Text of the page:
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Wed, Mar 24, 2004

British Government Seeks Added Passenger Protection

Airline Insolvency Issues Addressed

There's nothing worse than flying away from home only to later find out the airline you've booked with has suddenly gone out of business. Unfortunately, this situation has confronted many travellers, which explains why the British government is working on measures to prevent this kind of situation from arising again.

The UK's Civil Aviation Authority (AAA) is proposing to introduce greater protection for passengers booking direct with airlines. It wants individual passengers to enjoy the same protection given on bookings through tour operators. This measure is designed to cover the possibility of an airline going bust with passengers stranded overseas.

The move follows a consultation in 2003, when the CAA set out to investigate the problem where trends showed people were purchasing separate travel components, often including flights on no-frills airlines, rather than complete vacation packages. These bookings carry either limited protection against insolvency or none at all, but research showed that the public was not aware of that.

The CAA's draft advice, which is now being circulated to key parties before being submitted to the UK Government, suggests that advance payments for bookings direct with airlines should be financially protected in the same way as vacation packages. It means airline tickets booked directly may have to have an additional charge or levy to cover the costs of the scheme. The CAA's proposal would require a change in UK law.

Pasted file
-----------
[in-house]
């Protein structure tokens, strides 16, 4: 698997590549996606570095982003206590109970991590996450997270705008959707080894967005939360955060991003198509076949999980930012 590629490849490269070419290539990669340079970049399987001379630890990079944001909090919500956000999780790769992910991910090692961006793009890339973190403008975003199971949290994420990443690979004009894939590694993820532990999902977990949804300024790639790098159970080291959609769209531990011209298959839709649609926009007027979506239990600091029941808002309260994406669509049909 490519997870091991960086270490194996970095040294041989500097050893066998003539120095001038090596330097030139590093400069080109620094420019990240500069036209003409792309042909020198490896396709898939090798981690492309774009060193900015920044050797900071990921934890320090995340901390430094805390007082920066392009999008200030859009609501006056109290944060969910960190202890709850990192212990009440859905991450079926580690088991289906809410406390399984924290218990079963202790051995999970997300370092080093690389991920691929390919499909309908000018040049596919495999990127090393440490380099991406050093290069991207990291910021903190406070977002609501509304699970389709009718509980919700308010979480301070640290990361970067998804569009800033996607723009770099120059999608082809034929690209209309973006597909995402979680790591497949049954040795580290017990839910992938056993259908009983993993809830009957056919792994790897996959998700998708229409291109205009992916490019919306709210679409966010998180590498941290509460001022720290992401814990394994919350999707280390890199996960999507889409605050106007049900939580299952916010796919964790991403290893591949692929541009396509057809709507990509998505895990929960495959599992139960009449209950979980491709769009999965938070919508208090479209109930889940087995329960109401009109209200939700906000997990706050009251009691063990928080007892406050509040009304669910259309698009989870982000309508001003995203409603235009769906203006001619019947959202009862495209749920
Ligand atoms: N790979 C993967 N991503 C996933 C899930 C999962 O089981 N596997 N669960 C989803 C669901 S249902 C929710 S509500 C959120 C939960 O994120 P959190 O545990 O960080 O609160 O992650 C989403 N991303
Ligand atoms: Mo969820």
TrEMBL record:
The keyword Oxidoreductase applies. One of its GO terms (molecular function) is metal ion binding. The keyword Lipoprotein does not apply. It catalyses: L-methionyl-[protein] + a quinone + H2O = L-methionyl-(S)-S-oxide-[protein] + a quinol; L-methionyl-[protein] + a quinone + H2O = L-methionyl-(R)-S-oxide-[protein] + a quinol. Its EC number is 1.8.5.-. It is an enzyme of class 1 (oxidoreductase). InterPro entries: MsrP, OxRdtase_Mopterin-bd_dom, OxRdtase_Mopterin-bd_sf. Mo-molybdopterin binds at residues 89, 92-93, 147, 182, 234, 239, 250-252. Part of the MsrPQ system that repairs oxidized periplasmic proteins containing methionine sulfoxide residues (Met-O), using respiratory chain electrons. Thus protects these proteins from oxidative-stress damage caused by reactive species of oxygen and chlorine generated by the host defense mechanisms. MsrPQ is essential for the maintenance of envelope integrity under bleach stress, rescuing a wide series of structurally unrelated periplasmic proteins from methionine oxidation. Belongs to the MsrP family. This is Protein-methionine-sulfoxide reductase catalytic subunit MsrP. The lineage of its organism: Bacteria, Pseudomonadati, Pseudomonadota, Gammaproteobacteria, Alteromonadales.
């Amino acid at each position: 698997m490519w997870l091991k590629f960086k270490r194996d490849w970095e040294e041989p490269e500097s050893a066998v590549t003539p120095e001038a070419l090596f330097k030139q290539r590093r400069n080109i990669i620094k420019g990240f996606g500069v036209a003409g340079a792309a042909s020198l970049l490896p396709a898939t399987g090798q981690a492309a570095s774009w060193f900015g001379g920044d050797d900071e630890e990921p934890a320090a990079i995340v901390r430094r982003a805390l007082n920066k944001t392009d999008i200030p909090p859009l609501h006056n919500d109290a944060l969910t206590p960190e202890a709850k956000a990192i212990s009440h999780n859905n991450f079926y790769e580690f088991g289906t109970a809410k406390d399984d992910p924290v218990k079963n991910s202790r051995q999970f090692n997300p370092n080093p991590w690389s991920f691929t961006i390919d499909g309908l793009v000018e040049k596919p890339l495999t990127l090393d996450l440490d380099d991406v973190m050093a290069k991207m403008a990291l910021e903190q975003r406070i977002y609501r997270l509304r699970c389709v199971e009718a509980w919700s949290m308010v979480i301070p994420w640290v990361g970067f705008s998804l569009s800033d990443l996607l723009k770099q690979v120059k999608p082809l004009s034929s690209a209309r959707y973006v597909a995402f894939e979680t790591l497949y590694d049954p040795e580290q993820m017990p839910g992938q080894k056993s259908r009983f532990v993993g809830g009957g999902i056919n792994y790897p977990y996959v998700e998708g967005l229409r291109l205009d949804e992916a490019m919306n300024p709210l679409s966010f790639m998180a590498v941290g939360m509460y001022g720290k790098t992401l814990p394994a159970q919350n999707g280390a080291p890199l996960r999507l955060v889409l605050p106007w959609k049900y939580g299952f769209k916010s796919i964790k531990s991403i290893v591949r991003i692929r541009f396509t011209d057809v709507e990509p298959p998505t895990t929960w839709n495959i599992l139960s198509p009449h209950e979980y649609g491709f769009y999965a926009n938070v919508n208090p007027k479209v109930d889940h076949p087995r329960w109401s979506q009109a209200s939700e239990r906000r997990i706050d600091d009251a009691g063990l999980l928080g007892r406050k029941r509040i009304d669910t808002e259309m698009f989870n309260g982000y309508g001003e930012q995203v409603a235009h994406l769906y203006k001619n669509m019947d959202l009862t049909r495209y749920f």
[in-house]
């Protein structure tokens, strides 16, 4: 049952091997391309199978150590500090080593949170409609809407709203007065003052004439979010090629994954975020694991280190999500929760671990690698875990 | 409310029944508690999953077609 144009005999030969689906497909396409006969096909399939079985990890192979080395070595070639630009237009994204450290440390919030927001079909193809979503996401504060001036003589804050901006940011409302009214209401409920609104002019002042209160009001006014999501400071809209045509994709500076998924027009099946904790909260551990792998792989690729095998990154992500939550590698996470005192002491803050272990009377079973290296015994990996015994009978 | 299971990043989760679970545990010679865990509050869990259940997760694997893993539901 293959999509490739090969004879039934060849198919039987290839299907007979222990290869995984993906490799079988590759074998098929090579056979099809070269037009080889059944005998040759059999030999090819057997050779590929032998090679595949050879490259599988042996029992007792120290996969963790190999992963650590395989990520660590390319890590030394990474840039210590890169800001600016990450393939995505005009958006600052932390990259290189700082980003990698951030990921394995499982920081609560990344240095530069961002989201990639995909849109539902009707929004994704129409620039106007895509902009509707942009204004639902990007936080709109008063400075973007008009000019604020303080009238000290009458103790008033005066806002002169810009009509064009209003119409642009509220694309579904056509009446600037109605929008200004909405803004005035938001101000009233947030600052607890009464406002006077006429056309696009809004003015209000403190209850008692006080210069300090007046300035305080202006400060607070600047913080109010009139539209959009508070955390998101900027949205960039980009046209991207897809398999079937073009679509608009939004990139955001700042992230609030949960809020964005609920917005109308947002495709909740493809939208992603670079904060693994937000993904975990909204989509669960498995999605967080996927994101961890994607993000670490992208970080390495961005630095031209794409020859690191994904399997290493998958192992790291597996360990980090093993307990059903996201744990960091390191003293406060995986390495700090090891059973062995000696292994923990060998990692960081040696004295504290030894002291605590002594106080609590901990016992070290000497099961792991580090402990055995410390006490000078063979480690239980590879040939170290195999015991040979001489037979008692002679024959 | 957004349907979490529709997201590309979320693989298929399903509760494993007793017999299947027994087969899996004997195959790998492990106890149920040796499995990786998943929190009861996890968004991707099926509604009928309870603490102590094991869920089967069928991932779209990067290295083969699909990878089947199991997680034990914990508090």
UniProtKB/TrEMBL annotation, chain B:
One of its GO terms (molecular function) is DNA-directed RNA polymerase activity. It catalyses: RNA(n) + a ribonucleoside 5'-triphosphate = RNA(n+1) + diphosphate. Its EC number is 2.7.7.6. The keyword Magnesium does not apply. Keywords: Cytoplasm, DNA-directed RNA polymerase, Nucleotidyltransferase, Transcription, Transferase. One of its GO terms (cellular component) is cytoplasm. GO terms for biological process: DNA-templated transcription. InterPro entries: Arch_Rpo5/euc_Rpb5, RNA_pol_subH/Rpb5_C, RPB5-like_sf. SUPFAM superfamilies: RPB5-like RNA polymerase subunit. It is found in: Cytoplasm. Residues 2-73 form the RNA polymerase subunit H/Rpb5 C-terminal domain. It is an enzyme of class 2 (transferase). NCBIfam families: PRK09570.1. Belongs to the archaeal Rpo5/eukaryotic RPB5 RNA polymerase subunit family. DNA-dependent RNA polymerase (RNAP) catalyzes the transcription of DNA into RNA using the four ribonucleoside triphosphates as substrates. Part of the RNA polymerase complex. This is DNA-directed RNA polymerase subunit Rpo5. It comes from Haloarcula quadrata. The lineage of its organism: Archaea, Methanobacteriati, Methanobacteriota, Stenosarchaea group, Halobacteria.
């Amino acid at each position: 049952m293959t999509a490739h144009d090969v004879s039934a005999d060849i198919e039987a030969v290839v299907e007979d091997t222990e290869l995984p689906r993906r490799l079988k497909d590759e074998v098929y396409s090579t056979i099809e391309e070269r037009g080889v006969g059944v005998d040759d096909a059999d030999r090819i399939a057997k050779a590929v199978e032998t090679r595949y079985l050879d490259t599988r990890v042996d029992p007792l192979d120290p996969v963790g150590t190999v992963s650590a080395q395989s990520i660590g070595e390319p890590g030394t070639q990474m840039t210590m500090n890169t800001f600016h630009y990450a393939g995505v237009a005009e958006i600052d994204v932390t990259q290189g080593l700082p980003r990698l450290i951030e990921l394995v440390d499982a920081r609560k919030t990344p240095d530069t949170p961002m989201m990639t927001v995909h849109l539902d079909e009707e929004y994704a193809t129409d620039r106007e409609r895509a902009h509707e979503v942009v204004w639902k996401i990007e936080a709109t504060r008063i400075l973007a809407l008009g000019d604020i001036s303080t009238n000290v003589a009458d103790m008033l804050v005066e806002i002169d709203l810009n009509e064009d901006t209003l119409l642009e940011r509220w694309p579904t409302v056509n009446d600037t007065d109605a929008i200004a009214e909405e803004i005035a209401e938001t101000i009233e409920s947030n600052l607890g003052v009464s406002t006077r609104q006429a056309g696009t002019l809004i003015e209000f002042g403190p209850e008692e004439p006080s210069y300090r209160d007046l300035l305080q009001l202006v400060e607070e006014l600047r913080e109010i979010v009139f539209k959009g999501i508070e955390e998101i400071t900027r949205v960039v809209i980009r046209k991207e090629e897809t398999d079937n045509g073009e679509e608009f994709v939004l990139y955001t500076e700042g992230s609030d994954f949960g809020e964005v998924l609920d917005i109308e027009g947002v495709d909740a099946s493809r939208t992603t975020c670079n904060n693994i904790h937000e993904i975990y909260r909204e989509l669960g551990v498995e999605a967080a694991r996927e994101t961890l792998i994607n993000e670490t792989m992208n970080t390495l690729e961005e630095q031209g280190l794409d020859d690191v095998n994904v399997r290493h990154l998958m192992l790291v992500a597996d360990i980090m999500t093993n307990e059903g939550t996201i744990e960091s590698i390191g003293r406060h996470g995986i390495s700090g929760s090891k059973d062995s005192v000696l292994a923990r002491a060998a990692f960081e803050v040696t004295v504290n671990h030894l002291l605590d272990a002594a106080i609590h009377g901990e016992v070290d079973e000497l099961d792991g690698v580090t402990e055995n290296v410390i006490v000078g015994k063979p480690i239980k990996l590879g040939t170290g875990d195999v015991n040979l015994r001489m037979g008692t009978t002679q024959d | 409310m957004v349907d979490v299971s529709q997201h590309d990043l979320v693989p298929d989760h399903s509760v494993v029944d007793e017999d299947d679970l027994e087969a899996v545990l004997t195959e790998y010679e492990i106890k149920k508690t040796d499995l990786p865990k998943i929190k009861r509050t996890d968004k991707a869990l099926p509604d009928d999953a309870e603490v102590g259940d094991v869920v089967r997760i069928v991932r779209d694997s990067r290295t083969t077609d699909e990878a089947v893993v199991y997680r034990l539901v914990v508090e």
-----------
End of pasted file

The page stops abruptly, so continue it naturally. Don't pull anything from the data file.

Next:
Over the past seventeen years, Air Travel Organisers' Licensing (ATOL) has managed over 300 tour operator failures, rescuing almost 190,000 people from being stranded and giving refunds to more than a million others at a total cost of �160 million ($295 million). Since March 2003, 3,900 people were rescued or refunded, at a cost of �1.3 million.

ATOL is managed by the CAA and gives comprehensive protection from losing money or being stranded abroad to people in the UK who buy air holidays and flights from tour operators each year. It is by far the largest travel protection program in the UK, and the only one for flights and air holidays sold by tour operators. The problem is that ATOL is not set up to apply to tickets bought directly from airlines.

The CAA says changing patterns in technology and the increased availability of cheap scheduled tickets has led to the public buying their holidays in new ways. It published research indicating that there was public confusion over which travel products included insolvency protection and which did not, and put a series of questions relating to the proper scope of consumer protection and the means by which it should be provided.

All tour operators selling flights and air holidays must hold a license from the CAA. Before it gets a license each operator is examined to ensure it is properly managed and financially sound, and it must lodge a bond, which is a financial guarantee provided by a bank or insurance company. If it fails, the CAA then uses the money to pay for people abroad to continue their holidays and to travel home as planned, and to make refunds to those who have paid but not travelled. If the bond is not enough, any shortfall is met by the Air Travel Trust Fund, which is managed by the CAA and backs up the individual bonds.

There is no equivalent scheme covering sales made directly by airlines. Most passengers carried on charter airlines buy their tickets through tour operators and are protected by ATOL. Passengers carried on scheduled airlines are not protected by ATOL unless they buy the seat, perhaps as part of a package, from an ATOL holder.



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